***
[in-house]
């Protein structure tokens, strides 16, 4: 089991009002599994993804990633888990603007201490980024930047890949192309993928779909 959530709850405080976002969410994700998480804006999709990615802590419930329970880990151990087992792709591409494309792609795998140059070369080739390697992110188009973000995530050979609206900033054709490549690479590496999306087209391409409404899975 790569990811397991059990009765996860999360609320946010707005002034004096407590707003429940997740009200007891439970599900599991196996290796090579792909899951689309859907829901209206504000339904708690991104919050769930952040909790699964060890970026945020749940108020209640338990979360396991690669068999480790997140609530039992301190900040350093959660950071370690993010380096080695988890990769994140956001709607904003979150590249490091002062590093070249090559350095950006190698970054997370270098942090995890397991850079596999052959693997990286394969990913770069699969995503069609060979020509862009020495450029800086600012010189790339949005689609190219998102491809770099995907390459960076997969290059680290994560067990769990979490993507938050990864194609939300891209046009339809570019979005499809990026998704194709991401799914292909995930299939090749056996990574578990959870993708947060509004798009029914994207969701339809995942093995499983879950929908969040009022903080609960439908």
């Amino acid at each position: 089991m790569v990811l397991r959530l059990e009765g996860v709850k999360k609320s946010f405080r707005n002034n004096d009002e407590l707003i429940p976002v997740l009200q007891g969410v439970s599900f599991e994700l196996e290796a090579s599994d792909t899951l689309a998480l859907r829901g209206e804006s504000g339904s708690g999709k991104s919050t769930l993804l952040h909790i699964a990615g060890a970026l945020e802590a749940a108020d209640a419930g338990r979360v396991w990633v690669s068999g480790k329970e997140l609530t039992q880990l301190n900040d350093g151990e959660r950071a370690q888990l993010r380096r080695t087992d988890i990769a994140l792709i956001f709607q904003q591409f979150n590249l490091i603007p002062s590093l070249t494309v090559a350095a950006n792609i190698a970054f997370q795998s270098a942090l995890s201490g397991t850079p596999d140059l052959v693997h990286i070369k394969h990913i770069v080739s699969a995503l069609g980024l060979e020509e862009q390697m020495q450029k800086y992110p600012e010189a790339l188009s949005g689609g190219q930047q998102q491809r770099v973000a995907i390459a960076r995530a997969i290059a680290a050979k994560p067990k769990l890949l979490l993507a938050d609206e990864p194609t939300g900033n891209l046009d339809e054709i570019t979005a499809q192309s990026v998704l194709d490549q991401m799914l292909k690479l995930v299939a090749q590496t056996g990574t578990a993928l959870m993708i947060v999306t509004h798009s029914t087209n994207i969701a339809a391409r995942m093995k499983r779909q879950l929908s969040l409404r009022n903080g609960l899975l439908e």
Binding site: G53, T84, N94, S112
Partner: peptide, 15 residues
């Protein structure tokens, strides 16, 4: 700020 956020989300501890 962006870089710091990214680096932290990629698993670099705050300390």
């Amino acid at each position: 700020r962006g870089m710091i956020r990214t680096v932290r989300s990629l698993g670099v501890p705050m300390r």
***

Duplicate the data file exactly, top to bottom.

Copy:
[in-house]
């Protein structure tokens, strides 16, 4: 089991009002599994993804990633888990603007201490980024930047890949192309993928779909 959530709850405080976002969410994700998480804006999709990615802590419930329970880990151990087992792709591409494309792609795998140059070369080739390697992110188009973000995530050979609206900033054709490549690479590496999306087209391409409404899975 790569990811397991059990009765996860999360609320946010707005002034004096407590707003429940997740009200007891439970599900599991196996290796090579792909899951689309859907829901209206504000339904708690991104919050769930952040909790699964060890970026945020749940108020209640338990979360396991690669068999480790997140609530039992301190900040350093959660950071370690993010380096080695988890990769994140956001709607904003979150590249490091002062590093070249090559350095950006190698970054997370270098942090995890397991850079596999052959693997990286394969990913770069699969995503069609060979020509862009020495450029800086600012010189790339949005689609190219998102491809770099995907390459960076997969290059680290994560067990769990979490993507938050990864194609939300891209046009339809570019979005499809990026998704194709991401799914292909995930299939090749056996990574578990959870993708947060509004798009029914994207969701339809995942093995499983879950929908969040009022903080609960439908």
């Amino acid at each position: 089991m790569v990811l397991r959530l059990e009765g996860v709850k999360k609320s946010f405080r707005n002034n004096d009002e407590l707003i429940p976002v997740l009200q007891g969410v439970s599900f599991e994700l196996e290796a090579s599994d792909t899951l689309a998480l859907r829901g209206e804006s504000g339904s708690g999709k991104s919050t769930l993804l952040h909790i699964a990615g060890a970026l945020e802590a749940a108020d209640a419930g338990r979360v396991w990633v690669s068999g480790k329970e997140l609530t039992q880990l301190n900040d350093g151990e959660r950071a370690q888990l993010r380096r080695t087992d988890i990769a994140l792709i956001f709607q904003q591409f979150n590249l490091i603007p002062s590093l070249t494309v090559a350095a950006n792609i190698a970054f997370q795998s270098a942090l995890s201490g397991t850079p596999d140059l052959v693997h990286i070369k394969h990913i770069v080739s699969a995503l069609g980024l060979e020509e862009q390697m020495q450029k800086y992110p600012e010189a790339l188009s949005g689609g190219q930047q998102q491809r770099v973000a995907i390459a960076r995530a997969i290059a680290a050979k994560p067990k769990l890949l979490l993507a938050d609206e990864p194609t939300g900033n891209l046009d339809e054709i570019t979005a499809q192309s990026v998704l194709d490549q991401m799914l292909k690479l995930v299939a090749q590496t056996g990574t578990a993928l959870m993708i947060v999306t509004h798009s029914t087209n994207i969701a339809a391409r995942m093995k499983r779909q879950l929908s969040l409404r009022n903080g609960l899975l439908e």
Binding site: G53, T84, N94, S112
Partner: peptide, 15 residues
């Protein structure tokens, strides 16, 4: 700020 956020989300501890 962006870089710091990214680096932290990629698993670099705050300390």
């Amino acid at each position: 700020r962006g870089m710091i956020r990214t680096v932290r989300s990629l698993g670099v501890p705050m300390r």